The BRANDEIS family of Jung Bunzlau: Powidl and Purim, 1731 #austria-czech


Celia Male <celiamale@...>
 

I was researching various foods specifically
associated with the Jews of Bohemia and Moravia. One
of my favourites is powidl - a highly condensed plum
jam - which I could eat by the spoonful.

I came across the legend of David BRANDEIS of Jung
Bunzlau [Mlada Boleslav] and the Powidl {Plum Jam}
Purim. In 1731, David BRANDEIS owned a grocery shop in
the Konigliche Stadt Jung Bunzlau. On the 4th of
Shevat, a Christian girl purchased powidl >from his
store. Some of her family ate the jam and fell ill.
Worse was to come. Her father died within a few days.
The Burgermeister of Jung Bunzlau ordered the store to
be closed. David, his wife and son were imprisoned for
selling poisoned food to Christians. However, it was
then conclusively proved that the cause of the man's
death was tuberculosis.

David BRANDEIS and his family were released from
prison. BRANDEIS recorded the events in a Scroll
{megillah} - the "Shir HaMa’alot l’David". He declared
that a holiday was to be celebrated each year on the
10th of Adar – Purim Povidl or the Plum Jam Purim.

Armed with the Jewish census of Jung Bunzlau of 1793,
I identified only four BRANDEIS in the Bunzlauer Kreis
- and all four lived in Jung Bunzlau!

There were only two family households:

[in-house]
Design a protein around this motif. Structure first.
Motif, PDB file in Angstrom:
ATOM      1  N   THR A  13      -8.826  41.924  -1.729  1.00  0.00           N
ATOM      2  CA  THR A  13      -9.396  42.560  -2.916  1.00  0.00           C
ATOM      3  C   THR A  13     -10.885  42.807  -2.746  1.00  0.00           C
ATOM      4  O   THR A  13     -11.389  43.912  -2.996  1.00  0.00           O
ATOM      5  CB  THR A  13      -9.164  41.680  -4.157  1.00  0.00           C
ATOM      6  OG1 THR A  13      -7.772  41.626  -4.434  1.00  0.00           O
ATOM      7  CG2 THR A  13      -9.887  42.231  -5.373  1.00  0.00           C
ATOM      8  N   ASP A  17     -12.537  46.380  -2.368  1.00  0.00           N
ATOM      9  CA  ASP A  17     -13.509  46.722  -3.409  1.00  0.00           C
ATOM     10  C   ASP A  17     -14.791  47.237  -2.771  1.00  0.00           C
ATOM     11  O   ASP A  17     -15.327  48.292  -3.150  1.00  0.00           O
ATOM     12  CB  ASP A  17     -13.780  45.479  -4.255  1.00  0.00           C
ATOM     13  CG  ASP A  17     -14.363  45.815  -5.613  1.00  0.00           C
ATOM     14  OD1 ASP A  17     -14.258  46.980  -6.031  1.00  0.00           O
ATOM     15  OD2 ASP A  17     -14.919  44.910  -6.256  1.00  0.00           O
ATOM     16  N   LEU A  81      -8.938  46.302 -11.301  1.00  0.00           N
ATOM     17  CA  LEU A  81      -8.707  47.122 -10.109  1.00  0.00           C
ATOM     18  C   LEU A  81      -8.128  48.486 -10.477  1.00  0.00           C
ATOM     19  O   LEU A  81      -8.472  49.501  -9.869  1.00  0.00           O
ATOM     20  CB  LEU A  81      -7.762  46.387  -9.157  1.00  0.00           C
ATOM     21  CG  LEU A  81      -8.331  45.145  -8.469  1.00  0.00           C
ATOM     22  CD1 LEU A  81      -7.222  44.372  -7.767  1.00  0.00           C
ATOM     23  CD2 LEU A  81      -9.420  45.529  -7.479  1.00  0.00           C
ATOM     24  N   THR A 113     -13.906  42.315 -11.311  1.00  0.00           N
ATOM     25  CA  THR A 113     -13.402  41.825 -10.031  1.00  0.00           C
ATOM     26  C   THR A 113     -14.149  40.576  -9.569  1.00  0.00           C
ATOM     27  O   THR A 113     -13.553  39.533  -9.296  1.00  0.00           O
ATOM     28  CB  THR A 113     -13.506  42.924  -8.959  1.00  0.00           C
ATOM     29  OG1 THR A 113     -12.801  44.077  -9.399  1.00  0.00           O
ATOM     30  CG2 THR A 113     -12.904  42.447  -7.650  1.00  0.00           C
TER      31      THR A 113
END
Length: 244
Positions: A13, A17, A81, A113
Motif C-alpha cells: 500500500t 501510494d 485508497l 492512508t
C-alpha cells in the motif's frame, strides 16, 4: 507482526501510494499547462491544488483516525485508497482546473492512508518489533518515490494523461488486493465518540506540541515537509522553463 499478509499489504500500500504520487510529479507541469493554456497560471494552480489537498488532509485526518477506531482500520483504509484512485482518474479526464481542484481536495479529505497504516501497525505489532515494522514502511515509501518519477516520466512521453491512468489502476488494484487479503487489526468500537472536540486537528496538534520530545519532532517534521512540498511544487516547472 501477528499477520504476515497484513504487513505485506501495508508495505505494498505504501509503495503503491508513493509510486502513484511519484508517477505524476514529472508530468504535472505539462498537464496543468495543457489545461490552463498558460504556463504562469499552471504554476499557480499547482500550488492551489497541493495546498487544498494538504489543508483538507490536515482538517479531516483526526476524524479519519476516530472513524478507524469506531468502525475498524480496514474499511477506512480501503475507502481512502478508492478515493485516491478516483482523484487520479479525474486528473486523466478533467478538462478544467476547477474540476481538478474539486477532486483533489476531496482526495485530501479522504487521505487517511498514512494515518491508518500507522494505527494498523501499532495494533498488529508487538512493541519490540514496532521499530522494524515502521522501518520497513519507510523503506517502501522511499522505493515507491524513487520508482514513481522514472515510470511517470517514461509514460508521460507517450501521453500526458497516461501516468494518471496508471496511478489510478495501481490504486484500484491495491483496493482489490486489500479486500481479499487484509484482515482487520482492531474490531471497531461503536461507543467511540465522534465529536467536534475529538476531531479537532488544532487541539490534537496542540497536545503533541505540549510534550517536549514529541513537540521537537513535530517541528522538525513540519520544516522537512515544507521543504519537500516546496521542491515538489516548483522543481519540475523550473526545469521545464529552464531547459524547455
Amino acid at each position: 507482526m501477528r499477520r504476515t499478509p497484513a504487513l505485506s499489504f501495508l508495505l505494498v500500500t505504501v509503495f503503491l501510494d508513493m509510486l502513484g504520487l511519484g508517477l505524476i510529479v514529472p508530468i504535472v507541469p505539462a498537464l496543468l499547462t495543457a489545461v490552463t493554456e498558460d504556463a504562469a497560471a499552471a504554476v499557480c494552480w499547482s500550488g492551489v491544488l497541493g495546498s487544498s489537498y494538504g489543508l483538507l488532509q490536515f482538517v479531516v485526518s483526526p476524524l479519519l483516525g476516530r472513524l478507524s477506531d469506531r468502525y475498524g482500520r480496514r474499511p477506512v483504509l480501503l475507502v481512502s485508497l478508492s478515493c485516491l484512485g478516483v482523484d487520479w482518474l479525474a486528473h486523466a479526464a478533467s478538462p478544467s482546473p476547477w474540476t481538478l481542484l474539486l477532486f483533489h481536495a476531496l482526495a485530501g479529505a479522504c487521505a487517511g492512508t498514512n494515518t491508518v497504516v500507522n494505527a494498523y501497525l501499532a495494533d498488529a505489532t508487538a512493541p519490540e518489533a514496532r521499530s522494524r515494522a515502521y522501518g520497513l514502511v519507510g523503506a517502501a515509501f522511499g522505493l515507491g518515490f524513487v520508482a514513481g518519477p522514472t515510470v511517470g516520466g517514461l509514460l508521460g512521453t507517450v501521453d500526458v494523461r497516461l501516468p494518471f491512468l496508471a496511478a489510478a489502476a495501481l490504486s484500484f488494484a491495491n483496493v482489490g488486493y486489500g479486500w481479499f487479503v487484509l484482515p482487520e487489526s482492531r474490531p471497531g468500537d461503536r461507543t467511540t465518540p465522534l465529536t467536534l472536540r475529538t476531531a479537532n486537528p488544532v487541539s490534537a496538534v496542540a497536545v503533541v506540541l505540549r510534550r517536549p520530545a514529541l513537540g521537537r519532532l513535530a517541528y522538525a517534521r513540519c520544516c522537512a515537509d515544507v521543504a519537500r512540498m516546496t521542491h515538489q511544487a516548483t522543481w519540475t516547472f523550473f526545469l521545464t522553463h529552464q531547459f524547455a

Veit BRANDEIS - a widower, a wool wholesaler. And
guess what - his first-born son was called David - he
was married to Ewa and had a son Marcus and daughter,
Amalia.

In the same house, lived Low BRANDEIS - a feather,
wood and linen dealer - with his wife Barbara and
family. His first born - yes you've guessed it - was
called David, the second born Isak and two daughters
Maria and Rebeka.

These two BRANDEIS families shared their house with a
widow, Sara BRANDEIS and her daughter Rosel.

Finally, Sibila BRANDEIS was one of four servants to
Salomon NEUSTADEL, who was obviously, a wealthy wool
wholesaler and also dealt in general goods.

The relationship between these BRANDEIS families is
not revealed but I suspect they are all descendants
of the "famous David".

I am therefore delighted to have, perhaps for the
first time, used the 1793 Jewish census of Bohemia to
confirm a traditional Purim Legend of Bohemia, and to
present the results on our SIG in time for Purim 2005.

I hope one of our keen Prague genealogists will take
up the challenge and link up these families for us.

Celia Male [UK]

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